1949 Kurtis Kraft SportE
arl 'Mad Man' Muntz was a used-car salesman in Illinois. In the early 1940s he began transporting cars from the mid-west to Southern California where he would sell the cars and make a profit. After World War II he joined forces with Henry Kaiser and became a Kaiser-Frazer dealer. It is believed that in 1947 he sold 22,000 Kaisesr-Frazers. His talents also included the sale of radios, televisions, and other electronic equipment.
Frank Kurtis is remembered for his racers that he constructed for midget and Indy car competition. He even produced a very successful line of road racers. In 1949, the Kurtis Sports Car was introduced and available as a completed unit or as a kit car. Around twenty examples were constructed when Kurtis introduced the legendary 500S.
In 1950, Muntz purchased Frank Kurtis' designs for Indy-car building and all of the tooling for the production of a two-seater sports car. The result was the Muntz Road Jet. There were many challenges involved, such as increasing the chassis by twelve inches to accommodate rear seating. The price of the vehicle was also a challenge; Muntz brought the price of the vehicle to a more reasonable price by foregoing the use of aluminum for steel. By doing this, the weight of the vehicle increased. Some of the vehicles were fitted with fiberglass fenders in an effort to reduce overall weight. Power was provided by a Cadillac V8 initially and later replaced by a flathead Lincoln V8. At this time, Muntz was able to secure Hydramatic transmissions from Ford.
There were 30 Muntz Road Jet vehicles constructed. Production began in 1950 transpiring in Glendale, California. Later, production was moved to Evanston, Illinois midway through 1951. At this point, the Cadillac engine and the aluminum body were no longer used and the Lincoln powerplant and steel bodies were used in their place. The wheelbase increased by an additional three inches.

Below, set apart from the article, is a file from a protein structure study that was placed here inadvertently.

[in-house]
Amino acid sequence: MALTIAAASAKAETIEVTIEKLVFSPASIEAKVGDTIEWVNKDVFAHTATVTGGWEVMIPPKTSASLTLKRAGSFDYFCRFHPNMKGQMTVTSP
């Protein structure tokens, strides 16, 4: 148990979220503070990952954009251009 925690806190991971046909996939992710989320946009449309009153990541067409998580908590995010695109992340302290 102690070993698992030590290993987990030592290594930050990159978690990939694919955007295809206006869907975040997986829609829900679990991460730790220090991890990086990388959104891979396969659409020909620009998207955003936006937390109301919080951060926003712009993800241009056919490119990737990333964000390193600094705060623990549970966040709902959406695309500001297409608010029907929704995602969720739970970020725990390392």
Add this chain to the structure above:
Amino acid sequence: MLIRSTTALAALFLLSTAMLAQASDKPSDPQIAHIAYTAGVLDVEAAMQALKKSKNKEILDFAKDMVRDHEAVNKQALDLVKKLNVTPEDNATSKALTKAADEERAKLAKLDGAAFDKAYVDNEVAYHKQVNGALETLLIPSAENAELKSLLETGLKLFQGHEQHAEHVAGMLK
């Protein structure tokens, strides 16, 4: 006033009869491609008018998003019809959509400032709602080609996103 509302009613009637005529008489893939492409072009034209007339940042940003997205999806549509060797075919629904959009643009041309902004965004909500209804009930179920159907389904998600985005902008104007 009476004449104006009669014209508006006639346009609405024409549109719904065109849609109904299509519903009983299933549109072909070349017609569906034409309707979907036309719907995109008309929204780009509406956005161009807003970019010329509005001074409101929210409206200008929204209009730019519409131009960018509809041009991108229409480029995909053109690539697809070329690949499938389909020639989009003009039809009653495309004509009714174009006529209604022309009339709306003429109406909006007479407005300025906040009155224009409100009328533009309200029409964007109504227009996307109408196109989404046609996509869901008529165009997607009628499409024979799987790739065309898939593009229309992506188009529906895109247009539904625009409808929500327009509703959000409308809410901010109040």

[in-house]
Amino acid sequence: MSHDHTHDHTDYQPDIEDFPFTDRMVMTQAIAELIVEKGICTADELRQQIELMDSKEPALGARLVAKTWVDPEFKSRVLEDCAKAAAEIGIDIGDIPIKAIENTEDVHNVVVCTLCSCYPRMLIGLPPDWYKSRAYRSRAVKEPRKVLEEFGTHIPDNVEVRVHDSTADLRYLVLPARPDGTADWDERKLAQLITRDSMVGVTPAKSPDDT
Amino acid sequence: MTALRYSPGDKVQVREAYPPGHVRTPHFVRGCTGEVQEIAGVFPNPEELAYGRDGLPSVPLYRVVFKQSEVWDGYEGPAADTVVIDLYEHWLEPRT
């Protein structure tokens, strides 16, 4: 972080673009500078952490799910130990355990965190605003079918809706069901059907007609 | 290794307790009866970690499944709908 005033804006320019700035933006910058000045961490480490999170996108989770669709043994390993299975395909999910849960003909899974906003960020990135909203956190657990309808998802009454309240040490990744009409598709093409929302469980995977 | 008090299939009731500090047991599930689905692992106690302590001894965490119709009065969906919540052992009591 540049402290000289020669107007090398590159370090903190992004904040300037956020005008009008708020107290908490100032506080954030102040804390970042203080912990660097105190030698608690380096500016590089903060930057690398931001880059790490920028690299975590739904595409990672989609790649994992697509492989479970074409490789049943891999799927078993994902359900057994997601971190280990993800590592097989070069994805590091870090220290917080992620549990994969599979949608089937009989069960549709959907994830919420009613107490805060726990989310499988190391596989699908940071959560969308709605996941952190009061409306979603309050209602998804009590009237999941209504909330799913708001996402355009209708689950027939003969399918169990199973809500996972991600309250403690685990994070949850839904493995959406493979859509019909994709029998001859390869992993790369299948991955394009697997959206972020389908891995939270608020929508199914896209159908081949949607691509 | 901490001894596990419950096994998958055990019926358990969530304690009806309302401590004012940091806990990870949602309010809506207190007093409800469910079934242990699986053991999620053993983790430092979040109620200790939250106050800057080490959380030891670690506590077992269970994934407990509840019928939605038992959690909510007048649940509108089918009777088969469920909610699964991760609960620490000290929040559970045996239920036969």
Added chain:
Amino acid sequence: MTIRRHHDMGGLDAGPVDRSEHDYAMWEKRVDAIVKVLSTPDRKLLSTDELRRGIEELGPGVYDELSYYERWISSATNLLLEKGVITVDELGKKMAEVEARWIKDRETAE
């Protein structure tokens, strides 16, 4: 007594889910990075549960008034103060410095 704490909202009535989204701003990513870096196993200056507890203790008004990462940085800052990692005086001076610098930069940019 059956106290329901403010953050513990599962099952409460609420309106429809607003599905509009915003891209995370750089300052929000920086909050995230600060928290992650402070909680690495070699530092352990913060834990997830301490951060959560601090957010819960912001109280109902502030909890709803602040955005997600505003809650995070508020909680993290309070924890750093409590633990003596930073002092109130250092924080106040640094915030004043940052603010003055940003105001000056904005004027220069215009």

Muntz automobiles were not overly flamboyant but they did come equipped with many standard options including a wire recorder in the radio and a cooled liquor cabinet in the compartments under the backseat armrest. All of the cars came equipped with seat belts which were attached to the seat frames instead of the floor.
Due to the costs of production and the expensive machinery used to construct these vehicles, it is estimated that Muntz lost an average of $1000 on each of the vehicles produced. This did not slow production at first, but when Muntz's other business ventures began to follow suite, Production was halted.
Ford and Chevrolet began work in the early 1950s on a two-seat sports car. When Muntz learned of this, he decided to create a suitable competitor for this upcoming sports car. The examples were constructed in time for the 1953 Indianapolis Sports Car Show and dubbed the Muntz Roadster. Also on the show floor were the Corvette which received all of the media attention. The Muntz Roadster was left with little fan-fare.by Daniel Vaughan | Aug 2017
Frank Kurtis built the majority of the Indy race cars in the 1940's through the 1960's. He wanted to incorporate that racing technology in a sports car, and he designed and built that sports car in 1949.....[continue reading]
The Kurtis Sports Car has been called the first true American Sports Car. This car was the high school graduation gift to Frank Kurtis' son, Arlen, in October of 1950. He was starting his senior year and Frank gave this car as an early graduation. Th....[continue reading]
Chassis Num: 12
This Kurtis Kraft Sport is serial number 12 of 17 built. The car was constructed in the same Los Angeles Kurtis shop where the Indianapolis-winning race cars were built. Many articles were written and many photographs were taken of the Kurtis Sport....[continue reading]
This is number 5 of only 17 Kurtis Sports Cars built by legendary Indianapolis race car builder Frank Kurtis in Glendale, California. He designed and built these cars to break the class record at Bonneville which he accomplished. They were featured o....[continue reading]